In February 2007 the Valley was declared a Private Forest Reserve with it's natural values being protected under covenant in perpetuity. Below are some objectives for the management of the reserve. Also refer to Forest Communities, Flora and Fauna pages.

The following general objectives apply to the management of the valley wilderness retreat private reserve:

  • Protection and conservation of the Reserve's natural systems and features including the diversity of species, habitats and communities.
  • Protection of significant vegetation communities and populations of threatened and/or priority plant and animal species.
  • Protection of the Reserve from damage by introduced plants and animals, disease and inappropriate management regimes.
  • Specific Management Objectives for CAR values. The Management objectives are:
  • To maintain the structure of the forest and allow for regeneration of native species under the proposed management regime.
  • To prevent the forest stand from being frequently burnt.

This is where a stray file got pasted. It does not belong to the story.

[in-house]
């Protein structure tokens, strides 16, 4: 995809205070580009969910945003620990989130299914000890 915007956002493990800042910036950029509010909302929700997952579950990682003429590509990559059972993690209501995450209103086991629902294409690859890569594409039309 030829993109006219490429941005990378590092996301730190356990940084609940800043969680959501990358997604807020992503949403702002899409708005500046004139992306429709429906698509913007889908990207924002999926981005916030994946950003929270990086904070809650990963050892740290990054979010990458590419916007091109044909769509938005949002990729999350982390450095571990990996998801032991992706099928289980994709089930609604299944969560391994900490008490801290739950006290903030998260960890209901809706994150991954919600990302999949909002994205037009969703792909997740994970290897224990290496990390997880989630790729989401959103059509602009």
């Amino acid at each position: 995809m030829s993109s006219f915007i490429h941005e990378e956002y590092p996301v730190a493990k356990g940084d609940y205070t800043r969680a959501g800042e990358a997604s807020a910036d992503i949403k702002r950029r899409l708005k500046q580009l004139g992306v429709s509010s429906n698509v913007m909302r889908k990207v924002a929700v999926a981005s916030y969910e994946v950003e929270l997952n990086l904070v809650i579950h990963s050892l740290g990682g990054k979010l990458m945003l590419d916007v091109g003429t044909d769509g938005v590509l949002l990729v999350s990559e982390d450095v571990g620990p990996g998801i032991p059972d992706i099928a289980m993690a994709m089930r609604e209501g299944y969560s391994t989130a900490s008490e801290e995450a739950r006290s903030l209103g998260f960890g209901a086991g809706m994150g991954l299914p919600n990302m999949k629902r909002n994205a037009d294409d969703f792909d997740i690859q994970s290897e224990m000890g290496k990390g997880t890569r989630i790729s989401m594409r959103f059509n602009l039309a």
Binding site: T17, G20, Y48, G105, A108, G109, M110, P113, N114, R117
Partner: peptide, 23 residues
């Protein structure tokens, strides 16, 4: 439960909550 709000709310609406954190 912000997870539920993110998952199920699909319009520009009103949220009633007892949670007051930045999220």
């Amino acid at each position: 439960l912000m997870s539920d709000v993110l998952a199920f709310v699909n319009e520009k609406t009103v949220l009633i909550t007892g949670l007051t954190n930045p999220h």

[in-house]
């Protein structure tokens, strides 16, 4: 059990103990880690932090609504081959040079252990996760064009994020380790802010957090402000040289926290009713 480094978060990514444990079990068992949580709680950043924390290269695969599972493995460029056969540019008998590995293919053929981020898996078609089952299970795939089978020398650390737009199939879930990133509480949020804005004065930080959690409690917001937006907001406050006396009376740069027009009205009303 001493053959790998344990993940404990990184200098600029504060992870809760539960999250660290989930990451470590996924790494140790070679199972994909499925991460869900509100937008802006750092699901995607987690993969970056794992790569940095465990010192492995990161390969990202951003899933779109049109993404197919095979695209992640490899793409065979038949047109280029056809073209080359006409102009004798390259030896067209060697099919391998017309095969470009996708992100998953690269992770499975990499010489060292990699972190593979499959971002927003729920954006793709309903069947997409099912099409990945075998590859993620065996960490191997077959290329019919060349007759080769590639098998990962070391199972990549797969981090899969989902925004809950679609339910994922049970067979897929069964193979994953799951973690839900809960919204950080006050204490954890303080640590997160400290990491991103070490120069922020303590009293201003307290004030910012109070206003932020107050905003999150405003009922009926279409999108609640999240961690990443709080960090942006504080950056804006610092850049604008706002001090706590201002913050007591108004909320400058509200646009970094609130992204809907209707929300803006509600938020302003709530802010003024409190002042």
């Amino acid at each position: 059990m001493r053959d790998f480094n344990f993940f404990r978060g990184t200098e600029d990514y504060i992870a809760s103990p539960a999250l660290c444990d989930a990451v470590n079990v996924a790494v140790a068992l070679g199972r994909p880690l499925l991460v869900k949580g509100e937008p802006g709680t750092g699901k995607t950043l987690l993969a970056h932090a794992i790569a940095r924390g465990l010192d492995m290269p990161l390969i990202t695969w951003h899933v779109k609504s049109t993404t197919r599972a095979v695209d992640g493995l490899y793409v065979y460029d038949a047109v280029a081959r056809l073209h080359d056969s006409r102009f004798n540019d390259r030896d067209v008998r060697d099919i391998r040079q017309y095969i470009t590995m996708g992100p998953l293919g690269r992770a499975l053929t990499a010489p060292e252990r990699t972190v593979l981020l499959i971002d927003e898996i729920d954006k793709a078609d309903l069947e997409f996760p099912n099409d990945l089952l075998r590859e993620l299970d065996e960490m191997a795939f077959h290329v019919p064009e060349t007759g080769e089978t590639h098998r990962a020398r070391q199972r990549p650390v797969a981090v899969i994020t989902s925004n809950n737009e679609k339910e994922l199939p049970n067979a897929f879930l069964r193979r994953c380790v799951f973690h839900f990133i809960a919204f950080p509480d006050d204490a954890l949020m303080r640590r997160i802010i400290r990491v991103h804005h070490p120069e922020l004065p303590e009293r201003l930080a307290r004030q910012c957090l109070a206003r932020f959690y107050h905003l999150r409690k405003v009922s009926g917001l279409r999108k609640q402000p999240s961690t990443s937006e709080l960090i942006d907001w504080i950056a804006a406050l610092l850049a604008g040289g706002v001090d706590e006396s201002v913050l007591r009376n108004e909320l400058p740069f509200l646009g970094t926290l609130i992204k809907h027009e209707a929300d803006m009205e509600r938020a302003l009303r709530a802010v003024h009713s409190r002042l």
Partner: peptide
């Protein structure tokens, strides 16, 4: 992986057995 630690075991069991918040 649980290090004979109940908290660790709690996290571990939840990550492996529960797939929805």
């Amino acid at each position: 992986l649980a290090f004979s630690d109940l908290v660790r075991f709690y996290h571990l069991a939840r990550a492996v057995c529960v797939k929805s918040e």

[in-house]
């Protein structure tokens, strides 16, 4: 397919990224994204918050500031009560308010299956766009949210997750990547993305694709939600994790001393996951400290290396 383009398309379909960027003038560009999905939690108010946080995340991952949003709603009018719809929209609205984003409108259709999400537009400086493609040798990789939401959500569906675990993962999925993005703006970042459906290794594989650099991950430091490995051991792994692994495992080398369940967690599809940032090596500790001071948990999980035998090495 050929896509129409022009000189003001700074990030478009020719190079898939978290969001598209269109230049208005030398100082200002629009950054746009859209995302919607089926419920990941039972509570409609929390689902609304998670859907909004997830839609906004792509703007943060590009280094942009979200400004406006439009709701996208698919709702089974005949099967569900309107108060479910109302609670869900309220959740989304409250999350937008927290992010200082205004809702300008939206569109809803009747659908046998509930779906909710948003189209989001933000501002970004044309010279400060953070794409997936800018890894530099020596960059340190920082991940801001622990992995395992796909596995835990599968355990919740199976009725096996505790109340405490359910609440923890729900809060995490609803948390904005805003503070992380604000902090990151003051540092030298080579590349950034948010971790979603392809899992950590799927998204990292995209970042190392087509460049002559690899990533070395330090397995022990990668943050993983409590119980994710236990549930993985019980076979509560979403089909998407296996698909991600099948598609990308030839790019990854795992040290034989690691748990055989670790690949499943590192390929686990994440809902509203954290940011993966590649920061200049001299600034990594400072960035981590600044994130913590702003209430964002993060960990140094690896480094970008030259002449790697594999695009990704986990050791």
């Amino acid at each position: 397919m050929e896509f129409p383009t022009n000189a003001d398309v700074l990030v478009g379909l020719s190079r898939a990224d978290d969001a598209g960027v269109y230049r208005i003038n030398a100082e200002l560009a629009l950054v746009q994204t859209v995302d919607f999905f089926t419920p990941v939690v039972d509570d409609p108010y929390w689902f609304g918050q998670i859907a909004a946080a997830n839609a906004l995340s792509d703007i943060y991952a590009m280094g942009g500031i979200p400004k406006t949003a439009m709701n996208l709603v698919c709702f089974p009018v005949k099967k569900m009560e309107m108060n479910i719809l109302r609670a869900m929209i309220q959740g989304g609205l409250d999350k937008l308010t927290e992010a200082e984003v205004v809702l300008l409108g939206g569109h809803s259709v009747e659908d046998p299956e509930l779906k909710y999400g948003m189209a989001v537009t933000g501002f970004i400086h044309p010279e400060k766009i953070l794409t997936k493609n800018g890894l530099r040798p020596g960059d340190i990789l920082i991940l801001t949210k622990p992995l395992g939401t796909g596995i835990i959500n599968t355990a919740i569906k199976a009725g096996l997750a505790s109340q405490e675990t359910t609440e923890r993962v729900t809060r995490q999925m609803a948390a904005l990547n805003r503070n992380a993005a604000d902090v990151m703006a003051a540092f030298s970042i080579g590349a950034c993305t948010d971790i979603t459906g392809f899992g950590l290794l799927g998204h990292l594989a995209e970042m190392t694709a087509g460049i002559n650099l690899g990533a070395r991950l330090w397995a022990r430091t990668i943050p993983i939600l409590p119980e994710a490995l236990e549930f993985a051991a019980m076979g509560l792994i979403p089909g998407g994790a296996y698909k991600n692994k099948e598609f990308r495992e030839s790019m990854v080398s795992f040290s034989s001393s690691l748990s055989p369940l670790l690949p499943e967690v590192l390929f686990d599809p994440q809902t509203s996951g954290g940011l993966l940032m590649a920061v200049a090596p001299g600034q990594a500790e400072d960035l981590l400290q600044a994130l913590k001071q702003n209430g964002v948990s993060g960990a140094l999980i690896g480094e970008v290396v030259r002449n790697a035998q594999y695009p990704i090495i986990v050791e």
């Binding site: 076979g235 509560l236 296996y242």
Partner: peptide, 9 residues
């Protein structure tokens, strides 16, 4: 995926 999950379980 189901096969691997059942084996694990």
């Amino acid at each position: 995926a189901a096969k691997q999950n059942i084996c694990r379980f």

• To eradicate or control weeds and feral animals and prevent any further introduction of exotic species.
  • To protect the habitat of threatened and/or priority species.

An extensive plan for re-afforestation of some river flat areas is currently being developed with the help of community groups. We are also working with volunteers to help manage the foxglove issue, made worse by three major floods in the past seven years. If you are interested in land care and would like to volunteer please visit our support page.

The Valley is also a member of 'Land for Wildlife' and we are working with local wildlife carer, Oma Rodger, providing a safe place to release rehabilitated animals. We had our first release of eight wallabies in September 2016 and look forward to many more. If you are able to help support Oma with her work, or are interested in becoming a carer, please visit the Tasmanian Wildlife Rehabilitation Council inc.

Trees are so generous. Birds can land on their branches, animals can take their leaves for food, humans can eat their fruit and use their wood when the tree no longer needs it. Trees give us so much. If we take their lives from them, then we have to do it so that the generosity continues. If we build shelters with the wood, share the shelter with others; if we make fires for warmth, invite the whole family. Be generous like the trees. Trees are our greatest teachers.
— Mr Randall